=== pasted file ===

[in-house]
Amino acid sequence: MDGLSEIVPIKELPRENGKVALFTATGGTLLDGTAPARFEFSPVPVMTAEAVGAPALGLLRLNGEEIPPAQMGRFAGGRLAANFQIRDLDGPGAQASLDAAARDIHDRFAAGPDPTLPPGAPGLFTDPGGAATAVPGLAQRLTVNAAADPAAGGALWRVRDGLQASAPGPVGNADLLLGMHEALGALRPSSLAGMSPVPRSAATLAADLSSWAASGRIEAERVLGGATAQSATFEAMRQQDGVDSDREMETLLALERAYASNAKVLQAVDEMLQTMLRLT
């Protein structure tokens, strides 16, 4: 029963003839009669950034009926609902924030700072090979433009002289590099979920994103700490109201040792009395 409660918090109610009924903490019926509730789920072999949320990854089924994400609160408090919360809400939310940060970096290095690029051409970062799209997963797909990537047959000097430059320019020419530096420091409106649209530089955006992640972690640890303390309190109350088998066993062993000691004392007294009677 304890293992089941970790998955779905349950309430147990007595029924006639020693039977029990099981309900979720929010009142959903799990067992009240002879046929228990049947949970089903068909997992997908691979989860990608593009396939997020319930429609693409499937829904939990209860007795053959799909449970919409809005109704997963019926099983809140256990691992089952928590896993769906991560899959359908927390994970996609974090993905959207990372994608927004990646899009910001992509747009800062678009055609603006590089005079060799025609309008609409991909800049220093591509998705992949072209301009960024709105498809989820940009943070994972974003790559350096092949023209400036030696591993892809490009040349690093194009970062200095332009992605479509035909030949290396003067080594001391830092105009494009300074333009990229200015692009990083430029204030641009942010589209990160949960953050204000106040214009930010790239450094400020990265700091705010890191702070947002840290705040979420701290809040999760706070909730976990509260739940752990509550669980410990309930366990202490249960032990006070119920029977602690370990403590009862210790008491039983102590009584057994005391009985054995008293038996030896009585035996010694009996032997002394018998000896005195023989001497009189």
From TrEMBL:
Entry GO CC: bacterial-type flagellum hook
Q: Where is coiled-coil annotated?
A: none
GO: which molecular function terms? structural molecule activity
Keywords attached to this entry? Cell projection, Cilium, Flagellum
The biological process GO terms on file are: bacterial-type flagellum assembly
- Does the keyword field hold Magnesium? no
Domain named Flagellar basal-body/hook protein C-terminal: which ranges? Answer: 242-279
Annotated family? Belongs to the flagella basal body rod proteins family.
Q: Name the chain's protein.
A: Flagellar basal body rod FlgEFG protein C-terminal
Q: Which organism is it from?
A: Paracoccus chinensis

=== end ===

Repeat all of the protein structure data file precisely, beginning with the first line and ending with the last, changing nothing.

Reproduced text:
[in-house]
Amino acid sequence: MDGLSEIVPIKELPRENGKVALFTATGGTLLDGTAPARFEFSPVPVMTAEAVGAPALGLLRLNGEEIPPAQMGRFAGGRLAANFQIRDLDGPGAQASLDAAARDIHDRFAAGPDPTLPPGAPGLFTDPGGAATAVPGLAQRLTVNAAADPAAGGALWRVRDGLQASAPGPVGNADLLLGMHEALGALRPSSLAGMSPVPRSAATLAADLSSWAASGRIEAERVLGGATAQSATFEAMRQQDGVDSDREMETLLALERAYASNAKVLQAVDEMLQTMLRLT
């Protein structure tokens, strides 16, 4: 029963003839009669950034009926609902924030700072090979433009002289590099979920994103700490109201040792009395 409660918090109610009924903490019926509730789920072999949320990854089924994400609160408090919360809400939310940060970096290095690029051409970062799209997963797909990537047959000097430059320019020419530096420091409106649209530089955006992640972690640890303390309190109350088998066993062993000691004392007294009677 304890293992089941970790998955779905349950309430147990007595029924006639020693039977029990099981309900979720929010009142959903799990067992009240002879046929228990049947949970089903068909997992997908691979989860990608593009396939997020319930429609693409499937829904939990209860007795053959799909449970919409809005109704997963019926099983809140256990691992089952928590896993769906991560899959359908927390994970996609974090993905959207990372994608927004990646899009910001992509747009800062678009055609603006590089005079060799025609309008609409991909800049220093591509998705992949072209301009960024709105498809989820940009943070994972974003790559350096092949023209400036030696591993892809490009040349690093194009970062200095332009992605479509035909030949290396003067080594001391830092105009494009300074333009990229200015692009990083430029204030641009942010589209990160949960953050204000106040214009930010790239450094400020990265700091705010890191702070947002840290705040979420701290809040999760706070909730976990509260739940752990509550669980410990309930366990202490249960032990006070119920029977602690370990403590009862210790008491039983102590009584057994005391009985054995008293038996030896009585035996010694009996032997002394018998000896005195023989001497009189």
From TrEMBL:
Entry GO CC: bacterial-type flagellum hook
Q: Where is coiled-coil annotated?
A: none
GO: which molecular function terms? structural molecule activity
Keywords attached to this entry? Cell projection, Cilium, Flagellum
The biological process GO terms on file are: bacterial-type flagellum assembly
- Does the keyword field hold Magnesium? no
Domain named Flagellar basal-body/hook protein C-terminal: which ranges? Answer: 242-279
Annotated family? Belongs to the flagella basal body rod proteins family.
Q: Name the chain's protein.
A: Flagellar basal body rod FlgEFG protein C-terminal
Q: Which organism is it from?
A: Paracoccus chinensis